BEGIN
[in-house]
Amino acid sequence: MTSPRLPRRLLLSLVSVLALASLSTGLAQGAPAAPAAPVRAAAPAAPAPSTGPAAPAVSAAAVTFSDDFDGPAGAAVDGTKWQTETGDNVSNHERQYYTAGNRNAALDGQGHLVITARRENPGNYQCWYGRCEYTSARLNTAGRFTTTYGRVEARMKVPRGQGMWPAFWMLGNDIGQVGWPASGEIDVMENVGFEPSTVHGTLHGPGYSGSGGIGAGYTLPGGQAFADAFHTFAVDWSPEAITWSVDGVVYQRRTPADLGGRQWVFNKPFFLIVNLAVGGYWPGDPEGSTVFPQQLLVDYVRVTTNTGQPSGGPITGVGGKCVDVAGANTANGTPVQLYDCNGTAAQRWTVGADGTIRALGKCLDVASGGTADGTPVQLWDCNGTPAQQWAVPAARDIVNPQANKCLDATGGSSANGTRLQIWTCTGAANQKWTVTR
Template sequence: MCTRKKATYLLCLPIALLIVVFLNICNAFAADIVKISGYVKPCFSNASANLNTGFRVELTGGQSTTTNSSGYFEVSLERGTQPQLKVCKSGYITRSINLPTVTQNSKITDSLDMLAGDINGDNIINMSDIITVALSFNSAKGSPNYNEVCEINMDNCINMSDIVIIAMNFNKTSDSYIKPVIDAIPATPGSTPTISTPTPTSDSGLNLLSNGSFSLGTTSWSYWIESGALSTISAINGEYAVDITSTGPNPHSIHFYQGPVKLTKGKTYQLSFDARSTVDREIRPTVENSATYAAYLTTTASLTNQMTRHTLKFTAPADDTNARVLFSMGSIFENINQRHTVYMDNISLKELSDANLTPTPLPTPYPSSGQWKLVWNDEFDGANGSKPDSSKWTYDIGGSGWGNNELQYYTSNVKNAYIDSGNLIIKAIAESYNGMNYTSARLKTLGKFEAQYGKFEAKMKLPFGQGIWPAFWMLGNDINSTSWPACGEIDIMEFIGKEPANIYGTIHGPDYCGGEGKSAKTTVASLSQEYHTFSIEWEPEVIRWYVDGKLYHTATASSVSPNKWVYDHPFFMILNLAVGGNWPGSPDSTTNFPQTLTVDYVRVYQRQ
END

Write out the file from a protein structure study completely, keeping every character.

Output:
[in-house]
Amino acid sequence: MTSPRLPRRLLLSLVSVLALASLSTGLAQGAPAAPAAPVRAAAPAAPAPSTGPAAPAVSAAAVTFSDDFDGPAGAAVDGTKWQTETGDNVSNHERQYYTAGNRNAALDGQGHLVITARRENPGNYQCWYGRCEYTSARLNTAGRFTTTYGRVEARMKVPRGQGMWPAFWMLGNDIGQVGWPASGEIDVMENVGFEPSTVHGTLHGPGYSGSGGIGAGYTLPGGQAFADAFHTFAVDWSPEAITWSVDGVVYQRRTPADLGGRQWVFNKPFFLIVNLAVGGYWPGDPEGSTVFPQQLLVDYVRVTTNTGQPSGGPITGVGGKCVDVAGANTANGTPVQLYDCNGTAAQRWTVGADGTIRALGKCLDVASGGTADGTPVQLWDCNGTPAQQWAVPAARDIVNPQANKCLDATGGSSANGTRLQIWTCTGAANQKWTVTR
Template sequence: MCTRKKATYLLCLPIALLIVVFLNICNAFAADIVKISGYVKPCFSNASANLNTGFRVELTGGQSTTTNSSGYFEVSLERGTQPQLKVCKSGYITRSINLPTVTQNSKITDSLDMLAGDINGDNIINMSDIITVALSFNSAKGSPNYNEVCEINMDNCINMSDIVIIAMNFNKTSDSYIKPVIDAIPATPGSTPTISTPTPTSDSGLNLLSNGSFSLGTTSWSYWIESGALSTISAINGEYAVDITSTGPNPHSIHFYQGPVKLTKGKTYQLSFDARSTVDREIRPTVENSATYAAYLTTTASLTNQMTRHTLKFTAPADDTNARVLFSMGSIFENINQRHTVYMDNISLKELSDANLTPTPLPTPYPSSGQWKLVWNDEFDGANGSKPDSSKWTYDIGGSGWGNNELQYYTSNVKNAYIDSGNLIIKAIAESYNGMNYTSARLKTLGKFEAQYGKFEAKMKLPFGQGIWPAFWMLGNDINSTSWPACGEIDIMEFIGKEPANIYGTIHGPDYCGGEGKSAKTTVASLSQEYHTFSIEWEPEVIRWYVDGKLYHTATASSVSPNKWVYDHPFFMILNLAVGGNWPGSPDSTTNFPQTLTVDYVRVYQRQ